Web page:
As many of my regular clients know, I have been with Active Wellness Chiropractic (formally Penaluna Chiropractic Studio) for nearly 5 years, and there has been lots of transition over the past few months. In light of the recent changes, I have decided that now is a wonderful time to focus on a professional change for myself as well.
Starting November 1st, I will be located at Wallingford Family Chiropractic, sharing space with Dr. Bryan Gregory and Dr. Michael Caravalho, two awesome neighborhood chiropractors! I will be practicing as a sole proprietor offering therapeutic and relaxation massage, and will continue to work with most major insurance companies, PIP and L & I to bill for services. My availability to begin with is Tuesdays and Thursdays.
This means that I will now be doing all of my own scheduling and billing, which I am thrilled about! I am using online scheduling through Schedulicity (link below) and also offering package deals on cash massage services. If you would like to schedule an appointment, feel free to use my direct contact information below.
Also, for the rest of 2012, I am offering a $50 introductory rate for an hour massage session. Come check out my new office!
In addition to massage, I have also begun a part-time position at the Redmond Athletic Club as their Lifestyle and Nutrition Coach. This is a very exciting development for me as I have been looking for the opportunity to incorporate nutrition into my practice since completing a program through The CHEK Institute November 2010. If you know anyone on the east side that would be interested in massage and/ or Nutrition and Holistic Lifestyle Coaching, feel free to send them my way. I will also be offering complimentary nutrition workshops in my new office, so keep an eye out for that!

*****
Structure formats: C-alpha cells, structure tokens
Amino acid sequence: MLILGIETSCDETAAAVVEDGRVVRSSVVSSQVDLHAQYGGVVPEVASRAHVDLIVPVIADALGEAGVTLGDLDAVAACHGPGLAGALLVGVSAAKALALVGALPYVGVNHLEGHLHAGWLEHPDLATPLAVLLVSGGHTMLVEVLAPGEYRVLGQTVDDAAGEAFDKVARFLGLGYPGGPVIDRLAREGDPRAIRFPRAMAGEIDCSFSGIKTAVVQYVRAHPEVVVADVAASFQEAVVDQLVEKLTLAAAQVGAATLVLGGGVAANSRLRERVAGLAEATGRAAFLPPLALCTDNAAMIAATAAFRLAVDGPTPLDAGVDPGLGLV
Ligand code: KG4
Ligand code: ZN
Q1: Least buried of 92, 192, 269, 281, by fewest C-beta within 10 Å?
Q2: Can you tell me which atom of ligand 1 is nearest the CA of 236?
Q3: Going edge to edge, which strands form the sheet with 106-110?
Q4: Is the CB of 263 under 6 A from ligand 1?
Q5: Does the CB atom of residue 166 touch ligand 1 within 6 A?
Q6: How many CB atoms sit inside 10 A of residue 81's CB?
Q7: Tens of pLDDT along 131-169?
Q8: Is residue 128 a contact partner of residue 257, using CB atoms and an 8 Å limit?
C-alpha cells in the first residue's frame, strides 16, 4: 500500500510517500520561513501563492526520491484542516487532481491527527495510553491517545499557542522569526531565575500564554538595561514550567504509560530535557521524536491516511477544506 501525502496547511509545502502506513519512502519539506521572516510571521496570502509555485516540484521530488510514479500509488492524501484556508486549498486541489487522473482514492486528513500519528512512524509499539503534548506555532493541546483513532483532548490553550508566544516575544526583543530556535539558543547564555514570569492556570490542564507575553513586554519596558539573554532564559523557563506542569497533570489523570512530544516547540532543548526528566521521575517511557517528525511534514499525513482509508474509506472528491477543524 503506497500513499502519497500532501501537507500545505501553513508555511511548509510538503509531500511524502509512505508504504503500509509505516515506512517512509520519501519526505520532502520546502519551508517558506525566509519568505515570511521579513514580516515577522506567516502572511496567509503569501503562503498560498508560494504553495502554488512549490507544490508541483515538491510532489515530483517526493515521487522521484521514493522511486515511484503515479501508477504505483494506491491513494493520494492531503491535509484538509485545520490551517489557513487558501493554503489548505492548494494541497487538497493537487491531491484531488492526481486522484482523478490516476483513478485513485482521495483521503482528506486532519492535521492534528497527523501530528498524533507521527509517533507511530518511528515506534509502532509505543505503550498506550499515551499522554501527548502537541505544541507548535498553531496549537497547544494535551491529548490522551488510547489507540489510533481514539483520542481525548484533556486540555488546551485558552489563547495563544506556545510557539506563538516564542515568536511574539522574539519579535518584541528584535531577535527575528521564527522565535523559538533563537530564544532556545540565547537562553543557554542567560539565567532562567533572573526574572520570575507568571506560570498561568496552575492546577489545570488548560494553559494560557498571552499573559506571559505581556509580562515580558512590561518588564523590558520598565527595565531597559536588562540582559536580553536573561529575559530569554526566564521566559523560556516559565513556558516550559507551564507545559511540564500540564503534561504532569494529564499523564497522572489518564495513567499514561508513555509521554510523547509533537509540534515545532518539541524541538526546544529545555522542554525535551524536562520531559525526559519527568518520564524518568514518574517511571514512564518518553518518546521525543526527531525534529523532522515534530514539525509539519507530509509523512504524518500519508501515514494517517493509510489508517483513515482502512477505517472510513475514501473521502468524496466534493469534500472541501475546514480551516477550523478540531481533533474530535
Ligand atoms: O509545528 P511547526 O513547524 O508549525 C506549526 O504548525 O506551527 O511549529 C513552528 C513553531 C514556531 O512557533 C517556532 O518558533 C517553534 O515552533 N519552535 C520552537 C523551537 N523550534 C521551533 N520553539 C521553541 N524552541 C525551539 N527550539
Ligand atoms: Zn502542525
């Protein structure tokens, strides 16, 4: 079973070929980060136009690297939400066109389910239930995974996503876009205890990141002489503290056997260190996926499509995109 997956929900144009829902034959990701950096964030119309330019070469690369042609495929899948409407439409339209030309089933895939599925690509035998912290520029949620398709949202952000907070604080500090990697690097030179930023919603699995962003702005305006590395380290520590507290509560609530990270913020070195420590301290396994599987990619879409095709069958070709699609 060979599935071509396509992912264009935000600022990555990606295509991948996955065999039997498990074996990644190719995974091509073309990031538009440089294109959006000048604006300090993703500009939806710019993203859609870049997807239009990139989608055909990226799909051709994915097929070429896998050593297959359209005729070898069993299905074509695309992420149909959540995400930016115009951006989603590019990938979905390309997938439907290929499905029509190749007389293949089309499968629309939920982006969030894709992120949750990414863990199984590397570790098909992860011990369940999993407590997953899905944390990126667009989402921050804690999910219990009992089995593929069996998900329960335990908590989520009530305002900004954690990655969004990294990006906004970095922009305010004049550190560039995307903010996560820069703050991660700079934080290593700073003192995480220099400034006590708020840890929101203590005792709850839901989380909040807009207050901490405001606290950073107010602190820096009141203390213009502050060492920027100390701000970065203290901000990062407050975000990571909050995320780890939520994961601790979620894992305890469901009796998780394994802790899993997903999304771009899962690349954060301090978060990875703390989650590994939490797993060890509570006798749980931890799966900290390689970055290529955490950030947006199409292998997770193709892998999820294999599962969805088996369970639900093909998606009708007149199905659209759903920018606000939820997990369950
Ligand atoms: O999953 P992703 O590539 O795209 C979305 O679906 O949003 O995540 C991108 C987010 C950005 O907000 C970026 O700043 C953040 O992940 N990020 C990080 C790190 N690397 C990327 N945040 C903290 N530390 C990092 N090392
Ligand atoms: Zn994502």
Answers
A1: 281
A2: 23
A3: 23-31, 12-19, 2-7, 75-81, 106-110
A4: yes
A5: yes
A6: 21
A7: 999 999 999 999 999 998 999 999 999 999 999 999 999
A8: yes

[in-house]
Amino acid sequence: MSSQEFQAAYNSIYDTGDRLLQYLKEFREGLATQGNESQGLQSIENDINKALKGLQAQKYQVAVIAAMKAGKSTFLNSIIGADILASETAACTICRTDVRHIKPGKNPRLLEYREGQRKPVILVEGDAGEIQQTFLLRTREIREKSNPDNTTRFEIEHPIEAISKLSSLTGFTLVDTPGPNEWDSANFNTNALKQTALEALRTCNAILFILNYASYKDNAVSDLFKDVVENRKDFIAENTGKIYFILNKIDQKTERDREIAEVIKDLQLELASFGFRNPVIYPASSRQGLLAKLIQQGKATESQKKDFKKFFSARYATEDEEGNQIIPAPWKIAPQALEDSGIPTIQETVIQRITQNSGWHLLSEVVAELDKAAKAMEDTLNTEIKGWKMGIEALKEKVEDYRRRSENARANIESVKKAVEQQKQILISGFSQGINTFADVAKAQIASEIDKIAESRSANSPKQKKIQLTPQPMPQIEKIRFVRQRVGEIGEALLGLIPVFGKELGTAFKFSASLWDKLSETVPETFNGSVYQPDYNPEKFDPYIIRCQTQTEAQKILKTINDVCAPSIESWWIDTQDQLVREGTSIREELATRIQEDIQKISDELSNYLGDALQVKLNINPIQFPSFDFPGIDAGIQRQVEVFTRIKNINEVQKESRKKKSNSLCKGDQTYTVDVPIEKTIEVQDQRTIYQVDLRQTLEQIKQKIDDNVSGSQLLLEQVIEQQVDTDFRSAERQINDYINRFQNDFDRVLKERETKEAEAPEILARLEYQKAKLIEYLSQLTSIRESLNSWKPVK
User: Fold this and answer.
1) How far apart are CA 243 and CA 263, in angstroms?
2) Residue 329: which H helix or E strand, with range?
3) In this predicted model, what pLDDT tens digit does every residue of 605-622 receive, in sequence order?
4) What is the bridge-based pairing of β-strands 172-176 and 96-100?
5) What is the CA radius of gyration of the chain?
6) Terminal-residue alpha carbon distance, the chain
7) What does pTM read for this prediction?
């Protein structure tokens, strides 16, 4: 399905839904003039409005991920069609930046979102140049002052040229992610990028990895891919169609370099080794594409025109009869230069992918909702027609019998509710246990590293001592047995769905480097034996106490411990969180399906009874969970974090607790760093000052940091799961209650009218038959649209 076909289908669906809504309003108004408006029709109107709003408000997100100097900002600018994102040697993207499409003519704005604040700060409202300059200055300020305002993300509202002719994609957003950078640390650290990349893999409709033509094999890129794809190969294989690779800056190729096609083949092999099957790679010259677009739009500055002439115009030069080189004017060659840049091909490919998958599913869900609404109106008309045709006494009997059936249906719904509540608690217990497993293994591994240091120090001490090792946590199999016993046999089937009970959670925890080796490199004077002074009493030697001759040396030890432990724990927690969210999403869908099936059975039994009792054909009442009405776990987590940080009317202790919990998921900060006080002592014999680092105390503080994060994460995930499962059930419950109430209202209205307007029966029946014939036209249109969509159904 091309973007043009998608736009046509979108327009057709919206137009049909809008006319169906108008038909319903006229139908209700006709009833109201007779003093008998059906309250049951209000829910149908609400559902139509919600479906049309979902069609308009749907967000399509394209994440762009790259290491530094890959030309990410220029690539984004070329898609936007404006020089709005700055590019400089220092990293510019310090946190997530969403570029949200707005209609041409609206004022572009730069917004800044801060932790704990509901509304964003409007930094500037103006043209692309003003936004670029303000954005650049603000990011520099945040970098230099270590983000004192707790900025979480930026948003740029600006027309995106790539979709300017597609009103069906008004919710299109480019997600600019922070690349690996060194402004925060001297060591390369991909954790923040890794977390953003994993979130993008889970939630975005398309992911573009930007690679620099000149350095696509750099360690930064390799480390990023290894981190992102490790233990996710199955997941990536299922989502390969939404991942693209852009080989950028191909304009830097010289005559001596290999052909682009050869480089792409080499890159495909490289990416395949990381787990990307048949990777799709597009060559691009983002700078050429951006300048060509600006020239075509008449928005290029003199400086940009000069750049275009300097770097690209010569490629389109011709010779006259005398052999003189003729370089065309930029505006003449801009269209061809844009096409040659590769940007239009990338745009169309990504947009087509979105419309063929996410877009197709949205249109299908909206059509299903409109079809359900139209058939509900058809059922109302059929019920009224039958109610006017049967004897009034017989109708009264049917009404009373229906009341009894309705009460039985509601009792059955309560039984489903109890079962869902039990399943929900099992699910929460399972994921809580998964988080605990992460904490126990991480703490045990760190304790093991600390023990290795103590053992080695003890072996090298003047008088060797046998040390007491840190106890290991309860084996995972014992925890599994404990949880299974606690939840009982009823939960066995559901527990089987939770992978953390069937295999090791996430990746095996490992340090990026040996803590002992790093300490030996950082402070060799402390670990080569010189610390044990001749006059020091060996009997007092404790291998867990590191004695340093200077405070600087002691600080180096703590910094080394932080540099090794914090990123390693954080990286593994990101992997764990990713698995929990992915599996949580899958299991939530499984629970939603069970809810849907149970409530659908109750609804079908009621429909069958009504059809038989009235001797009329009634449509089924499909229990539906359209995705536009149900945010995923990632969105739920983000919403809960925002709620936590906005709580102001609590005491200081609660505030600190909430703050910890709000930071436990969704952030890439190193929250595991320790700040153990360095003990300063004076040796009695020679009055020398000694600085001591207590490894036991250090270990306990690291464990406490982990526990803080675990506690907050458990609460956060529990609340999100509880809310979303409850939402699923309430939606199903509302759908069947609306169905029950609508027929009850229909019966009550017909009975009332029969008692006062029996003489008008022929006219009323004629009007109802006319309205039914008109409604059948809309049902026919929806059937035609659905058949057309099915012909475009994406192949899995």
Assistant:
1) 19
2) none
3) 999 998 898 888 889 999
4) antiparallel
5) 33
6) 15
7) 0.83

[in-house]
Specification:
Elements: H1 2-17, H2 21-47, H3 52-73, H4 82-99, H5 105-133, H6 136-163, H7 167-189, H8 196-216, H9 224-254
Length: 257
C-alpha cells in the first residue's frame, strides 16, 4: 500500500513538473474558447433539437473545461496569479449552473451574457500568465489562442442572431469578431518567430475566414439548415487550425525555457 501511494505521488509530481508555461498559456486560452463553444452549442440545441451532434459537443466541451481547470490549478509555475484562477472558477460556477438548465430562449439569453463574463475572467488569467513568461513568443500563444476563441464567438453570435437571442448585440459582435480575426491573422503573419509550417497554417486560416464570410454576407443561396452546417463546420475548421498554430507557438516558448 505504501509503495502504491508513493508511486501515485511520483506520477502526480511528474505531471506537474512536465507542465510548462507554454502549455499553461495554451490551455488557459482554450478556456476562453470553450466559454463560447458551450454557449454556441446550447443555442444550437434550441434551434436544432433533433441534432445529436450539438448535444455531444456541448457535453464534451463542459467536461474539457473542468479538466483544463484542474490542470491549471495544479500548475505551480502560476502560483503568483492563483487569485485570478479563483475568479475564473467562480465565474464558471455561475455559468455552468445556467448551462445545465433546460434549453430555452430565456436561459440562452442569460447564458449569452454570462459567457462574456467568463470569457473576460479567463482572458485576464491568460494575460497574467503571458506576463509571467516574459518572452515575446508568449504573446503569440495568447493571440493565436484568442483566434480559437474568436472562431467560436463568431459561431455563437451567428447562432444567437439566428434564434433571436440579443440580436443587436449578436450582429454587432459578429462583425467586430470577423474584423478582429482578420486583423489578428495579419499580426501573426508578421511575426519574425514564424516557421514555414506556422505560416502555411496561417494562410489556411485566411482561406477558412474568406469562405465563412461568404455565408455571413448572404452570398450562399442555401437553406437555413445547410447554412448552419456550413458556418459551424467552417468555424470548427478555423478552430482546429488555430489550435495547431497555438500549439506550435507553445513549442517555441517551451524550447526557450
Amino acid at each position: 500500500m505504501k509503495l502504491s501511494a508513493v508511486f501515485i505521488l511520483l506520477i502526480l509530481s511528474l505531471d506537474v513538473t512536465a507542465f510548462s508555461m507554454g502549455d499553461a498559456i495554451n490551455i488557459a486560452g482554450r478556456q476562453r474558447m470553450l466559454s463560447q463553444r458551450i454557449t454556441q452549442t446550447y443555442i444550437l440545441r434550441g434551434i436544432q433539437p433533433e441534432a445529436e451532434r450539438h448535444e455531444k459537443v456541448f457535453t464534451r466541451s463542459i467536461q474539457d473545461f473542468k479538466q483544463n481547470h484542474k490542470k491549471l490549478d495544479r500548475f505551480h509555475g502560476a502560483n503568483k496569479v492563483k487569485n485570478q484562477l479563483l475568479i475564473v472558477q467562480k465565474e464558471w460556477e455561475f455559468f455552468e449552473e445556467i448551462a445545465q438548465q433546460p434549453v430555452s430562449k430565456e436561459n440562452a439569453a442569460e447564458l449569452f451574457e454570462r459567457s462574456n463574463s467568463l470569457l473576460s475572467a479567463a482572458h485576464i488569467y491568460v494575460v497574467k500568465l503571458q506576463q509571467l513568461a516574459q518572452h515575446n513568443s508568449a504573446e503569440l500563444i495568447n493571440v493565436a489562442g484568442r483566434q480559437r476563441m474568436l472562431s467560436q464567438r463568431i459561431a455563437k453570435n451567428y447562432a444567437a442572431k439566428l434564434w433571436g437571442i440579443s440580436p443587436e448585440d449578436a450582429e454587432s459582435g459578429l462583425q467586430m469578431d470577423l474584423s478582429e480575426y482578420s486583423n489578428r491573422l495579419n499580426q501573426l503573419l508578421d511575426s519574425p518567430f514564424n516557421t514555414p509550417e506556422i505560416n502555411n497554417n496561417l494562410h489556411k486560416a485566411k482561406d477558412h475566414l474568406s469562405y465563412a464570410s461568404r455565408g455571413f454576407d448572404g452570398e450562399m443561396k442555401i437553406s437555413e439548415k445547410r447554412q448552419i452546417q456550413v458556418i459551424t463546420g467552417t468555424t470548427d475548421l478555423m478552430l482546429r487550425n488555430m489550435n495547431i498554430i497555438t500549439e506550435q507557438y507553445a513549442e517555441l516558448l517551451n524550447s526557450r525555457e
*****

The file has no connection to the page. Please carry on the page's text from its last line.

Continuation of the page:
I hope this message finds you well, and I look forward to seeing you in the near future!

Guinevere Amadeo, LMP, HLC1
(206) 948-9823

Wallingford Family Chiropractic

4507 Sunnyside Ave. N

Suite C

Seattle, WA 98103




Greetings Clients, Colleagues and Community…


My posts have been few and far between these days, though I have been working on some exciting new projects! I just begun writing a column on holistic health for the Seattle Examiner! This is pretty much the perfect gig for me in terms of flexibility and topic of content, and I’m looking forward to who and what I can share with the Seattle community.

So Seattlites, I’d love to pick your brain a bit… I feel like the Pacific Northwest is one of the most forward-thinking and open-minded places in the country, possibly the world, so…


What does holistic health mean to you?

What types of practitioners do you have on your health care team?

What do you experience in your life that you consider a holistic approach?

What do you think we are fortunate enough to have here in Seattle that many other places around the world are lacking?


I am pretty thrilled with the opportunity to research and write a column on a topic I am so passionate about. Please feel free to contact me if you, or someone you know, has a local event or some relevant, holistic information to share! I hope you will stop by regularly to see what’s going on in Seattle’s world of holistic health!



Guinevere I. Amadeo, LMP. —

Seattle Holistic Health Examiner




Good posture is defined as bearings in which the muscles of the body support the skeleton in an alignment that is stable and efficient for living.

This means that energy is moving through our bodies with the least possible resistance and pressure on our bones and joints. Good posture includes healthy balance and alignment in movement, static and seated positions.


Why is good posture important?

There are many perspectives to why good posture is important. On a purely physical level, when you are not in proper alignment, your muscles and joints don’t achieve their full range of motion, flexibility or capacity for strength. This increases the tightness and/or weakness in areas of facial tissue, creating muscular imbalance, trigger points and increased prone to injury. The circulation of blood and lymph are also inhibited causing toxins to build up in the tissue, immunity to be depleted, and other dysfunctions in the organs. Proper breathing patterns, digestion and nutritional absorption are highly dependant on good posture.

On a psychological level, body language is the strongest communication we have with the world surrounding us. Slumped forward shoulders and improper weight distribution can indicate a feeling of defeat, laziness, or general disinterest. Not exactly how you want to come off in an important meeting or on a hot date.